Every year more and more scientists are finding out that RPA really works. Over 350 peer-reviewed publications* have been written as people discover the benefits of RPA. See the publications on this page to give you inspirational ideas of how you could use RPA for experiments that just aren't possible with PCR.

*TwistDx takes no responsibility for the content of the publications or their author/s.

  • Detection and Characterization of Viral Species/Subspecies Using Isothermal RPA Assays.

    Author: Glais L, Jacquot E.

    In this paper, the complete procedures to set up an RPA assay, applied to detection of RNA (Potato virus Y, Potyvirus) and DNA (Wheat dwarf virus, Mastrevirus) viruses, are described. The proposed procedure allows developing species- or subspecies-specific detection assay.

  • Development of a Quantitative RPA Assay with an Internal Positive Control

    Author: Zachary A. Crannell, Brittany Rohrman, Rebecca Richards-Kortum

    A video protocol for developing a real-time recombinase polymerase amplification assay to quantify initial concentration of DNA samples using either a thermal cycler or a microscope and stage heater. Also described is the development of an internal positive control.

  • Solid-phase RPA on microfluidic DVDs

    Author: Luis A. Tortajada-Genaro, Sara Santiago-Felipe, Mary Amasia, Aman Russomb and  Ángel Maquieiraa  

    The solid-phase amplification assay, including the washing protocols and development reaction, was performed by the dispensation of solutions through the inlet and by controlling the flow-movement by DVD drive centrifugation.

  • Integrated Quantum Dot Barcode Smartphone Optical Device for Wireless Multiplexed Diagnostics

    Author: Kevin Ming, Jisung Kim, Mia J. Biondi, Abdullah Syed, Kun Chen, Albert Lam, Mario Ostrowski, Anu Rebbapragada, Jordan J. Feld, and Warren C. W. Chan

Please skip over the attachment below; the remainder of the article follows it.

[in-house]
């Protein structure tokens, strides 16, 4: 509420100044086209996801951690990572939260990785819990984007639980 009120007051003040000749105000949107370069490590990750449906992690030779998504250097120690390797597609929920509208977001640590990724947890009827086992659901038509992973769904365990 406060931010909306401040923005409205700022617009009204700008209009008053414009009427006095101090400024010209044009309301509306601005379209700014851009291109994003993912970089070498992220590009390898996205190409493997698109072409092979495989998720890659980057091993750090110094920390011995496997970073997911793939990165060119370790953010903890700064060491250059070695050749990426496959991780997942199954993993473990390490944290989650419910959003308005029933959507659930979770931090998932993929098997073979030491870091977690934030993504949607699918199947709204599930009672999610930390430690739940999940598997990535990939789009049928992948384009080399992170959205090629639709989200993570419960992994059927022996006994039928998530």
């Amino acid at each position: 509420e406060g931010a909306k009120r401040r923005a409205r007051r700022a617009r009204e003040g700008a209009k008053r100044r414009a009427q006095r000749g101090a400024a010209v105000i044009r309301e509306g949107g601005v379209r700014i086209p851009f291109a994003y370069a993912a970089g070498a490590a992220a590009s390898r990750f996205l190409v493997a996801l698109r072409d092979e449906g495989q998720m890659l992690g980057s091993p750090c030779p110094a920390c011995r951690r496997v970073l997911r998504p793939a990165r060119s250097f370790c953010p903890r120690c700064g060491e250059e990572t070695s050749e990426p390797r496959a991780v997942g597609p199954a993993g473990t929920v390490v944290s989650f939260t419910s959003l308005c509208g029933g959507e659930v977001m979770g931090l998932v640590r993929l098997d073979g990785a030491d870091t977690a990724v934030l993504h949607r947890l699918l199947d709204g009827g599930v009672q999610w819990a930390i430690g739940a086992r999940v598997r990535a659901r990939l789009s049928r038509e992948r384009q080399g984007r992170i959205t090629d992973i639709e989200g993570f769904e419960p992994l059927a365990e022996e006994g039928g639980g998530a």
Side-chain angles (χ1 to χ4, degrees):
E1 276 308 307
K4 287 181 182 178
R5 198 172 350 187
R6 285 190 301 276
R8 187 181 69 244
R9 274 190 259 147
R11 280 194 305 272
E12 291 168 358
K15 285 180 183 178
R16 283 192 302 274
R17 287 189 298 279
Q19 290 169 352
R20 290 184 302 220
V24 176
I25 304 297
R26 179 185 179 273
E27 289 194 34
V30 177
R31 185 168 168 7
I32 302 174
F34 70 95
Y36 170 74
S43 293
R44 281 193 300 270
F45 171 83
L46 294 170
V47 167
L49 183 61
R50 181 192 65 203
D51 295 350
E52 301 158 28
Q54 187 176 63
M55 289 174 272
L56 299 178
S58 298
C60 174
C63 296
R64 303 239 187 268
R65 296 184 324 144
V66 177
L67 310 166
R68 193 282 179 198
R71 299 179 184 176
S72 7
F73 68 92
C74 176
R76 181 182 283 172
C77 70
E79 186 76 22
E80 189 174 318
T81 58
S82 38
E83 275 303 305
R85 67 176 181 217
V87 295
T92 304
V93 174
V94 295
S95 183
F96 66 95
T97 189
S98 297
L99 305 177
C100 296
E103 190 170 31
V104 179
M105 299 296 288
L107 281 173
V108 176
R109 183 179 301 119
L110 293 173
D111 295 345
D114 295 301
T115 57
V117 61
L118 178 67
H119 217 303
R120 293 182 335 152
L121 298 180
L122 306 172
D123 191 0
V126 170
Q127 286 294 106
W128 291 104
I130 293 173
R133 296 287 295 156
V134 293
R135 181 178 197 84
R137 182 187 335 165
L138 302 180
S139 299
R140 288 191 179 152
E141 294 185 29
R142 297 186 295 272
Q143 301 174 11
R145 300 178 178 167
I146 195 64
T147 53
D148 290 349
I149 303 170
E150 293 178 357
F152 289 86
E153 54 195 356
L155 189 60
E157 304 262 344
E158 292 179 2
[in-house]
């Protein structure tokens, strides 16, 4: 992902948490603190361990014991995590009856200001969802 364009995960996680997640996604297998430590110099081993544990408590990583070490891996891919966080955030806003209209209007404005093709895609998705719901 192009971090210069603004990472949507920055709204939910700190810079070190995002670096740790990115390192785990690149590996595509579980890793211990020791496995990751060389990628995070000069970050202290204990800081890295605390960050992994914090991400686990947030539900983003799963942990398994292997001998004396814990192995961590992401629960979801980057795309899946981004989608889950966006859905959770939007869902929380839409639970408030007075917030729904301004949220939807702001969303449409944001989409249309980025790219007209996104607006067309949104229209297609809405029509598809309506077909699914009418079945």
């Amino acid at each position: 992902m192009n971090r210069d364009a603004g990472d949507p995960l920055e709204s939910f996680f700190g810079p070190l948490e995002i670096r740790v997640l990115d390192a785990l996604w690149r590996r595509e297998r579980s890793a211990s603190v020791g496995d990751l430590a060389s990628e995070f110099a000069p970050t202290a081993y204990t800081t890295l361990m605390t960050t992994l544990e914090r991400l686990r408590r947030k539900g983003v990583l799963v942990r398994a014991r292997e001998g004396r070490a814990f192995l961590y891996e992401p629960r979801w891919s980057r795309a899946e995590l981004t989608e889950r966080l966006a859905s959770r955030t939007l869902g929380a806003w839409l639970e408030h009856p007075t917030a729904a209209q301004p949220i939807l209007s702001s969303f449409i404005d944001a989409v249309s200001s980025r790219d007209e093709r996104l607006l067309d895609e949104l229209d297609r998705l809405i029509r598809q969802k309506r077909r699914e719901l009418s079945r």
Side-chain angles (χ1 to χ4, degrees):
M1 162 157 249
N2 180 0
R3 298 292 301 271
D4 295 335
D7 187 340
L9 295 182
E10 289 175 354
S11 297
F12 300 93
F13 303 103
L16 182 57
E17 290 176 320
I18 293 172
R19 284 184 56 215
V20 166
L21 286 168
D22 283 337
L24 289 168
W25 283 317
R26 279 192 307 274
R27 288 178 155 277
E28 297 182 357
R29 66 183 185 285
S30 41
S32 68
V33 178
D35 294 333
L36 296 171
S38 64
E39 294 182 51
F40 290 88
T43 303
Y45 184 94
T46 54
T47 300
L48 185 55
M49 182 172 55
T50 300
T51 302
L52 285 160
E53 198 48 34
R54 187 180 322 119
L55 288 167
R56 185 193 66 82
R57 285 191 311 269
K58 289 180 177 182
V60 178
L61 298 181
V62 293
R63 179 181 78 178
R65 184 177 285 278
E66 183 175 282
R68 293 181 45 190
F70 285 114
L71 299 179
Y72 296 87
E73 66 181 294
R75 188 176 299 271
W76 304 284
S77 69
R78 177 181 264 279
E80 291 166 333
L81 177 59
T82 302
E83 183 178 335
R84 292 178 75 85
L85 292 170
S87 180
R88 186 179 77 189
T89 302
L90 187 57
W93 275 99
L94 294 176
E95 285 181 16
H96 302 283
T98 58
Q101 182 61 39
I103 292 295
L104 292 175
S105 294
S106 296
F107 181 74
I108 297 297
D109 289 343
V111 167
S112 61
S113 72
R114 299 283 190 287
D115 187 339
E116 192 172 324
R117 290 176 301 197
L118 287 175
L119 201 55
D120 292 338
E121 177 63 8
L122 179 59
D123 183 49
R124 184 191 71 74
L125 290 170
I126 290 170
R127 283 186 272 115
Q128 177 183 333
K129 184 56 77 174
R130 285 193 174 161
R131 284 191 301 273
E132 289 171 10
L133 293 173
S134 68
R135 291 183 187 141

RPA is combined with quantum dot barcodes to allow multiplex detection of pathogens with a smartphone. RPA boosted the sensitivity of pathogen detection in a situation where PCR was not possible.

  • Bridging flocculation for on-site, rapid, qualitative DNA detection in resource-poor settings

    Author: E. J. H. Wee, H. Y. Lau, J. R. Botella and M. Trau

    RPA (Recombinase Polymerase Amplification) combined with a novel bridging flocculation assay for qualitative evaluation of isothermally amplified plant and other pathogen DNA and RNA by naked eye.

  • Early Detection of the Dengue Virus Using RT-RPA

    Author: Teoh BT, Sam SS, Tan KK, Danlami MB, Shu MH, Johari J, Hooi PS, Brooks D, Piepenburg O, Nentwich O, Wilder-Smith A, Franco L, Tenorio A, AbuBakar S.

    The RPA assay detected as few as 10 copies of DENV RNA in

  • Recombinase Polymerase Amplification-Based Assay to Diagnose Giardia in Stool Samples

    Author: Crannell ZA, Cabada MM, Castellanos-Gonzalez A, Irani A, White AC, Richards-Kortum R

    An RPA assay was characterized on the bench top using stool samples spiked with Giardia cysts where it showed a limit-of-detection nearly as low as the gold standard polymerase chain reaction assay. Testing with the assay in the highlands of […]

  • Influence of sequence mismatches on the specificity of RPA technology

    Author: Daher RK, Stewart G, Boissinot M, Boudreau DK, Bergeron MG.

    A brief investigation of the impact of location and number of template/oligonucleotide mismatches on RPA based on assays developed for tuf gene sequence of Pseudomonas aeruginosa and/or Mycobacterium tuberculosis and for the cfb gene sequence of Streptococcus agalactiae.

  • Isothermal DNA amplification strategies for duplex microorganism detection.

    Author: Santiago-Felipe S, Tortajada-Genaro LA, Morais S, Puchades R, Maquieira Á.

    The proposed approaches were successfully compared to conventional PCR and tested for the milk sample analysis as a microarray format on a compact disc (support and driver). Satisfactory results were obtained in terms of resistance to inhibition, selectivity, sensitivity (10(1)-10(2)CFU/mL) […]

  • Equipment-free incubation of recombinase polymerase amplification reactions using body heat.

    Author: Crannell ZA, Rohrman B, Richards-Kortum R

    In this study, we demonstrated that human body heat may be harnessed to incubate recombinase polymerase amplification (RPA) reactions for isothermal amplification of HIV-1 DNA.

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